Sender reputation is a score assigned to a sender based on the quality of email campaigns, their frequency, massiveness, and user’s interaction. It determines whether email service providers will deliver emails to users’ inboxes or not. However, there’s no single metric to measure it. Choosing a reliable email marketing service liberates you from caring about sender reputation.

Why is the sender reputation important

  • Influences email deliverability. Email service providers, like Gmail, Yahoo, Outlook, and others, are responsible for delivering emails to customers’ inboxes. Metrics that form the sender reputation, like email authentification, open rates, number of deleted messages and fake addresses, etc., are the main criteria which ESPs take into consideration.
  • Saves recipients from fraud. ESPs use the sender reputation to identify and suppress cybercriminals, who aim to manipulate people’s trust. They mask under successful brands’ names to trick subscribers out of their personal information like card number, or passwords.
  • Identifies the level of success. If your company has a solid sender reputation, it shows that subscribers like your email campaigns. On the contrary, if the sender reputation gets low numbers, it is high time to take action and find out the reasons.

Six factors influencing the sender reputation

  1. Email sending volume and frequency. It matters how many emails a company sends during each email campaign and how often it takes place. If your IP address is new, the sender reputation is low yet. In this case, the massive number of emails looks suspicious for internet service providers, so they are likely to add your IP to a blacklist.
  2. SPAM complaints. This measurement counts emails that subscribers marked as SPAM. Getting to a spam-box is the worst case scenario in email marketing.
  3. SPAM traps. It looks like a real email address, but it doesn’t belong to a real person. The mailing list including such addresses is a signal for ISP that a company doesn’t use opt-in strategy. ISP restrains mailing activity from the law violators and blacklists them.
  4. Bounces. Soft bounces are temporary problems which don’t depend on the sender’s actions. Hard bounces, however, indicate the fake addresses in the sender’s mailing list influencing sender reputation in a wrong way.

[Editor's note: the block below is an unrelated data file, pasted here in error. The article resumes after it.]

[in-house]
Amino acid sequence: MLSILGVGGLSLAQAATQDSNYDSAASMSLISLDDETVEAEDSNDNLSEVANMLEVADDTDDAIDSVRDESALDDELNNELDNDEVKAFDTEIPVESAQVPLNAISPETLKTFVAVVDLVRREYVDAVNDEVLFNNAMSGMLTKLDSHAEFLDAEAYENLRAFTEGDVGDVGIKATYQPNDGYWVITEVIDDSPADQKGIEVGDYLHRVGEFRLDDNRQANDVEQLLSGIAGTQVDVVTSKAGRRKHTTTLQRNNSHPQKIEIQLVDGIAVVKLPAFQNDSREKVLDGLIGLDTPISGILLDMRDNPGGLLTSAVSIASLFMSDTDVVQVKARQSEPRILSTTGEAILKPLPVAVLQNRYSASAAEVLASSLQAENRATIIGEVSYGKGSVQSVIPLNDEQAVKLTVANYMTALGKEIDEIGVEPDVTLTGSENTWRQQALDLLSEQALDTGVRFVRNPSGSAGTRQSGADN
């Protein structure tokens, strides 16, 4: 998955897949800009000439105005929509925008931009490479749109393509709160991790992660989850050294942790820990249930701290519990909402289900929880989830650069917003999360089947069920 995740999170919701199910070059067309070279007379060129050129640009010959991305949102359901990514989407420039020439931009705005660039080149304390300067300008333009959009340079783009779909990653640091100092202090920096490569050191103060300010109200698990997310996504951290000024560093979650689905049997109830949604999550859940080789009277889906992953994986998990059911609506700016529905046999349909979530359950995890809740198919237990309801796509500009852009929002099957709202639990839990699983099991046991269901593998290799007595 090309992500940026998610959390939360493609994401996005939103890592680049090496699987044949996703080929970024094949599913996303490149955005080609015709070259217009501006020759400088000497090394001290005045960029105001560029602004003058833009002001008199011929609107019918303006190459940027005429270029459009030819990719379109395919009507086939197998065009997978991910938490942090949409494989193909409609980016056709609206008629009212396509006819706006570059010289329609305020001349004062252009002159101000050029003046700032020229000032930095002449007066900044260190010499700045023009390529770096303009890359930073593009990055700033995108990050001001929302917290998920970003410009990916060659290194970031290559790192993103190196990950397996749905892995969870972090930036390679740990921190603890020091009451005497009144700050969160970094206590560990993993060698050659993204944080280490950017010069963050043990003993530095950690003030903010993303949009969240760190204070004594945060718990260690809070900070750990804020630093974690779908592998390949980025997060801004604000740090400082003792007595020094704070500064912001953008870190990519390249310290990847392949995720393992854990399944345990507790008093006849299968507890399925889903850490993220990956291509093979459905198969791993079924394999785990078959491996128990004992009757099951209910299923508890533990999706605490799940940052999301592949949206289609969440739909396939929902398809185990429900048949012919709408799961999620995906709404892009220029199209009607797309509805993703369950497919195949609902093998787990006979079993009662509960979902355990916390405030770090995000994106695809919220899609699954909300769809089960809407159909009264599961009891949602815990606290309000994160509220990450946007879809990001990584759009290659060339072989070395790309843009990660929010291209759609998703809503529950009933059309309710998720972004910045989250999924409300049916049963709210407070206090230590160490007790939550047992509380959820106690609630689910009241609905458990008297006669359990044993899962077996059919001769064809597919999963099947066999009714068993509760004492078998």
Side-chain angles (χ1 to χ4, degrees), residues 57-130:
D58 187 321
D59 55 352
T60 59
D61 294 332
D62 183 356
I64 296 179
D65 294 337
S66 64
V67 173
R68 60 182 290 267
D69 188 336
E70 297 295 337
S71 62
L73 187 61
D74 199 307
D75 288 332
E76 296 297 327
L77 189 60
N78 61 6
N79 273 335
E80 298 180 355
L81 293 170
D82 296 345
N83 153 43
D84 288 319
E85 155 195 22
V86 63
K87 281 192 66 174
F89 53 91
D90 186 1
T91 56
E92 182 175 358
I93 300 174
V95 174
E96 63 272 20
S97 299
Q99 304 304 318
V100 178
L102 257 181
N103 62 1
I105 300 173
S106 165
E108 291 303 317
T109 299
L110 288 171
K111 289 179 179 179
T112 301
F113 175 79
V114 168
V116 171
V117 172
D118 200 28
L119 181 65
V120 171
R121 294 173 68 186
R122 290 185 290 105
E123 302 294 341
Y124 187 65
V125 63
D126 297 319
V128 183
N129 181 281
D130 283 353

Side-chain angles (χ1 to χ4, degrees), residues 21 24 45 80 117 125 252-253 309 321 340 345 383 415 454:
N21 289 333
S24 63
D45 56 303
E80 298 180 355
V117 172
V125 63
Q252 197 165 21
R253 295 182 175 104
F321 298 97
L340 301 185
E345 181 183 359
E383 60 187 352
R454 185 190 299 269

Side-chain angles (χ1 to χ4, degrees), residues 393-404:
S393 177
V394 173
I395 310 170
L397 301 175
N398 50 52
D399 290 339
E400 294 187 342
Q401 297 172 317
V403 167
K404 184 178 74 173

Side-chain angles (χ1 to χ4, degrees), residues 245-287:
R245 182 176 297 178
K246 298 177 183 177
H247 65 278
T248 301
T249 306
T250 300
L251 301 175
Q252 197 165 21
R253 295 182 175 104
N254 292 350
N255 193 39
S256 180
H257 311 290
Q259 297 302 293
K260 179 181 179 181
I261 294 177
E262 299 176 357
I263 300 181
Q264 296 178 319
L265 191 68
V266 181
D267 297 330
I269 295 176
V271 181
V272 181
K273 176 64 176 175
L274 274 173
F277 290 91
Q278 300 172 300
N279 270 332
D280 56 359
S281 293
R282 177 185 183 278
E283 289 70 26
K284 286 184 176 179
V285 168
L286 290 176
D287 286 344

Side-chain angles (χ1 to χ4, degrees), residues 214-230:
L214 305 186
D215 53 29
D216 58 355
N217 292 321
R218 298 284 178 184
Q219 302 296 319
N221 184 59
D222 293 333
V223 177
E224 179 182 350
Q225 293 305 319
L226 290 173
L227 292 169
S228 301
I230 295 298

5. User interaction. The users’ behavior towards the emails demonstrates how valuable these emails are for the audience. High open rates, forwards and shares in socials means that people enjoy emails while the low open rates show that subscribers ignore newsletters and may delete them without regret next time.
  6. Unsubscribing. The increasing number of unsubscribed users means that email campaigns are irrelevant or the frequency irritates the audience.

How to check the sender reputation

Monitoring the factors above gives an overall picture of your sender reputation. However, there are tools like Mail-Tester and SenderScore to get more specific information.

Mail-Tester

This tool analyzes email structure concerning any spammy words, files with prohibited content, technical issues, etc.

  1. Copy a random address to send a test email to. Enter an email address
  2. Create a mailing list for tests. Paste address from Mail-Tester. You can also add your business and personal addresses if needed. Build an email campaign and send it to the recently created mailing list. Create a mailing list
  3. Go back to Mail-Tester. Examine the results. Check out the results

SenderScore

This service provides data about the domain, which is sending emails, and SSL information — small data files that digitally bind a cryptographic key to a company’s details.

  1. Add an IP address or a domain name.Enter your IP address
  2. Look into the metrics.Check out the results

Best practices for improving the sender reputation

  • Clean mailing list. Monitor how your subscribers react to your emails. If there are recipients who haven’t opened your email for an extended period, send a reactivation email. In case it doesn’t work, cut them loose.
  • Use double opt-in. Double opt-in ensures that only real and interested people without fake email addresses will join your mailing list.
  • Warm up your IP. A new IP address is called “cold” because it hasn’t gained ISP credibility yet. Earning a good sender reputation takes a lot of time. Gradually increase your email sending volume to warm up your IP and bear the quality and relevance of your email campaigns in mind.
  • Improve your open rates. Pay attention to your open rates. Sender’s name, subject line, and preheader forms subscribers first impression of your email. Try different variations of these elements to find out what suits your audience best, and it will result in more opens.
  • Allow setting preferences. Give your audience a chance to set their preferences towards the frequency and types of emails. You can also ask your subscribers to share their information to create more personalized emails.
  • Create valuable content. Among all technical issues, providing subscribers with useful content is still the essence of email marketing.

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